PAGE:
From an economic perspective, we see COVID-19 as the thing that brought global business to a standstill. But I think that in the longer term, we’ll see it as the catalyst for accelerated digital transformation. The effect of the virus on business and IT leaders has been to dramatically compress the strategic long view. The trends businesses saw coming over the next five to ten years, the developments that will drive growth opportunities or pose a disruptive threat ... they’re no longer five or ten years out. They’re here, today. Now.
That’s what makes this economic crisis fundamentally different from those in 2001 or 2008. In addition to struggling financially and operationally to deal with the unexpected economic downturn, companies now have to also reckon with fundamentally new business realities.
Short term, we must adapt to a sudden and unprecedented disruption in the way work gets done: fully distributed teams, remote engagement with customers and partners, flexible work schedules, etc. But as we struggle with immediate imperatives, we have to play the long game. History has shown that how we position our businesses during a downturn can have a major impact on long-term success. In downturns, market leaders who focus and invest often outperform their competitors, gain more market share, and drive higher customer intimacy.
There is a playbook for this kind of business strategy, but the difference today is that you need to run that playbook while taking into account the acceleration of your industry’s trends, with digital transformation being the most prominent. So, with all these factors, how do you revise your strategy?
Find Your North Star
Any time you reassess your strategy, you start with the macro trends that are changing your business. You can think of it in terms of defensive and offensive moves: How do you prevent a change from hurting your position? How can you leverage a change to improve your advantage? If you revisit the strategy you have followed since the pandemic hit, you’ll find that all of those trends have accelerated quite a bit. The time you thought you had to adjust has shrunk to almost nothing. Organizations that are well along in their digital transformation may be in a decent position to adjust. Those that were already behind the curve suddenly have a lot more to worry about.
So, start by identifying the major transformation within your company that you must accelerate to win in this new digital age. Large transformations are hard under normal circumstances, but can feel impossible while navigating a downturn. The silver lining, however, is that crises can create the perfect “burning platform” to galvanize a team to change. Pick the transformation, and make achieving it your company’s North Star.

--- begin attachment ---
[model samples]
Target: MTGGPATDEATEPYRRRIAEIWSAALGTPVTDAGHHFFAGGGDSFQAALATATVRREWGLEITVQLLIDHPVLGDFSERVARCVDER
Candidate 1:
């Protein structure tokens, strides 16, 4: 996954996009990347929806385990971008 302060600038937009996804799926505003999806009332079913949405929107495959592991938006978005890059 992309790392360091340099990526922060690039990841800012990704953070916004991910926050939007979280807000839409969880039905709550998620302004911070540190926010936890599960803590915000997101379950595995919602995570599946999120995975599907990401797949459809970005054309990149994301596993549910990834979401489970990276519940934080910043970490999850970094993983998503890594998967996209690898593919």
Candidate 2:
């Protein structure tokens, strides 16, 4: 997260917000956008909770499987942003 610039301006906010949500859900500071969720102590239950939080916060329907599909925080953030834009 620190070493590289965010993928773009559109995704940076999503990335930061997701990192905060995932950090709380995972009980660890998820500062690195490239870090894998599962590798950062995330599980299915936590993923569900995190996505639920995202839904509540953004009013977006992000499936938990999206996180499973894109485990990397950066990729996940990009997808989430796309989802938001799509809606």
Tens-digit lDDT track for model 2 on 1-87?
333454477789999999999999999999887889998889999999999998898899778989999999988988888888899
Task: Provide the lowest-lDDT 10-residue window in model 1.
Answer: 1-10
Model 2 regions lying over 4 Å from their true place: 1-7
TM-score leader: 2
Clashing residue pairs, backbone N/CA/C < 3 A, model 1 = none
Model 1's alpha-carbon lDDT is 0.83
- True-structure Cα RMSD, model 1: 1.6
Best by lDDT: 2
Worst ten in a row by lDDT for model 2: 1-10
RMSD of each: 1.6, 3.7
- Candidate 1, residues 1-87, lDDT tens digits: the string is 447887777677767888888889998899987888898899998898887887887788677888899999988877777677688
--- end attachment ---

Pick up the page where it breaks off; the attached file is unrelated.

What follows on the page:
At Splunk, we worked hard to adopt this urgency even before the pandemic hit. Our journey of moving our business to cloud is fundamental to our future success and the success of our customers. So we decided to leverage the moment to go all-in.
We have been on this journey for a while, enhancing our cloud portfolio organically and through M&A, and shifting to a subscription model while helping our shareholders and investors understand the short-term impact to our financials.
This year, we reaffirmed our commitment to this transformation and accelerated our efforts by shifting even more resources and focus to it.
Invest in the New OS
Not every business’s future hangs on rapidly advancing its cloud journey. (Though it’s true for more businesses than probably realize it.) But it’s clear that tech is the operating system of business now. Public cloud providers like AWS, video conferencing services like Zoom, collaboration services like Slack, infrastructure providers like Cisco, and other key players are basically the OS for everyone. If an organization’s defining urgency isn’t cloud, it may be providing a great omnichannel digital customer experience, digitizing and instrumenting supply chains, or fully enabling a distributed workforce. We all acquire new technologies to help on these journeys, which will put new demands on infrastructure and skill sets, especially around data which every company needs to harness to drive competitive advantage.
The evolution into a fully realized data age was already under way. But now the urgency to be ready for it, and take advantage of it, has accelerated. It’s about more than keeping up with your competitors or meeting your customers’ expectations. You must define your North Star, accelerate your transformation, and invest in the new OS to make it happen. These new, data-driven technologies will be required to operate our digitally enabled businesses, and help us reimagine customer experience, workforce strategy, logistics, wellness, workplace design and more. Those are more than just individual business problems; they are strategic imperatives that we have to address today, not five or ten years from now.